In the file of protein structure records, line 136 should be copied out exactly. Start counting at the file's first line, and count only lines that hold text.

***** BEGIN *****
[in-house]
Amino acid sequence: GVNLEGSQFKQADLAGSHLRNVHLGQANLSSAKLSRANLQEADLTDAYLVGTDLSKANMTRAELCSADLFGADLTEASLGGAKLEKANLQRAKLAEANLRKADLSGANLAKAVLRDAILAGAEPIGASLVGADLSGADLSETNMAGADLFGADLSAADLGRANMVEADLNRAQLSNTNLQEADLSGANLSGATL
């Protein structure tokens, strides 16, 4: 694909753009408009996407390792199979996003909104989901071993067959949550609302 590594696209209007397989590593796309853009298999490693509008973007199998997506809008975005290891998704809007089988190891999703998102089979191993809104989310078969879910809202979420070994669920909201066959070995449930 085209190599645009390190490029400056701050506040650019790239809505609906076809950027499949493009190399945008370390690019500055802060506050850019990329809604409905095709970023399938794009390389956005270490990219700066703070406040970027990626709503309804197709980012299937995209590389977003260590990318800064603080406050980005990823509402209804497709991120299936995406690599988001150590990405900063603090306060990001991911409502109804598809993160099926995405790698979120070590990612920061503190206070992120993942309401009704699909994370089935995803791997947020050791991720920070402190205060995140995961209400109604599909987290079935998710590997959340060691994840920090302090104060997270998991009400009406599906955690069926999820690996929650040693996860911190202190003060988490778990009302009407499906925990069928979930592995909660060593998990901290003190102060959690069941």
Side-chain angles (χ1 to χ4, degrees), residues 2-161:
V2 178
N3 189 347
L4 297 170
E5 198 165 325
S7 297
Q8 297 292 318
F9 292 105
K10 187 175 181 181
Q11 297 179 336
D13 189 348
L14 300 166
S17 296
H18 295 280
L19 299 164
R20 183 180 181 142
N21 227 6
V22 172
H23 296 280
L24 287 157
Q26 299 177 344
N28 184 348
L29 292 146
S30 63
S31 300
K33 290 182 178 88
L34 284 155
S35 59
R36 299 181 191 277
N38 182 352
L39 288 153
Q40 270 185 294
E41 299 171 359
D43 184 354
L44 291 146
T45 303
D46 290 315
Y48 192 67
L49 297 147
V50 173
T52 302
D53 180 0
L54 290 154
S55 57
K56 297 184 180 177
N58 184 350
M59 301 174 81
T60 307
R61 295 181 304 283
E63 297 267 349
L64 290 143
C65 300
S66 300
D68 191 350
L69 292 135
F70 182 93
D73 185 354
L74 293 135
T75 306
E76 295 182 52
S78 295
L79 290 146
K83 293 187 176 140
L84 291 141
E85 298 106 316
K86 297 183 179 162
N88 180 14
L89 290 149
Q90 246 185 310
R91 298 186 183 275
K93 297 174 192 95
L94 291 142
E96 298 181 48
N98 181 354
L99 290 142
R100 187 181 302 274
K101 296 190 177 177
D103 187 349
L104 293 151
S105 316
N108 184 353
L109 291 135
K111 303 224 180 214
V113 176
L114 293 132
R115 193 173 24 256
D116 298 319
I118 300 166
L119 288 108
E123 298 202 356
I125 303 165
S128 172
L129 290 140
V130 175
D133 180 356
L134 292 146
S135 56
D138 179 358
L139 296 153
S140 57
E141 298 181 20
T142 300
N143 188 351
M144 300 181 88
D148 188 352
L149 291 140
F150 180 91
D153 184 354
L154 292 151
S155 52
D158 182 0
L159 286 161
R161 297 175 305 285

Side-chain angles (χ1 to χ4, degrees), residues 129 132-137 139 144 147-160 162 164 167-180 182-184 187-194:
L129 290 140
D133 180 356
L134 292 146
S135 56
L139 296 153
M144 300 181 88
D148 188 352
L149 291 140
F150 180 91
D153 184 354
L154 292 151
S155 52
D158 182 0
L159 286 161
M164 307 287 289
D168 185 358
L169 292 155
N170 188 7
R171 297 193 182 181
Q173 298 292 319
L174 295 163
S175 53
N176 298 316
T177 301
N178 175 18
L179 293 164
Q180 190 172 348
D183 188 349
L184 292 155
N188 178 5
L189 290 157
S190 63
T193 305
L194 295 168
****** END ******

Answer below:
R171 297 193 182 181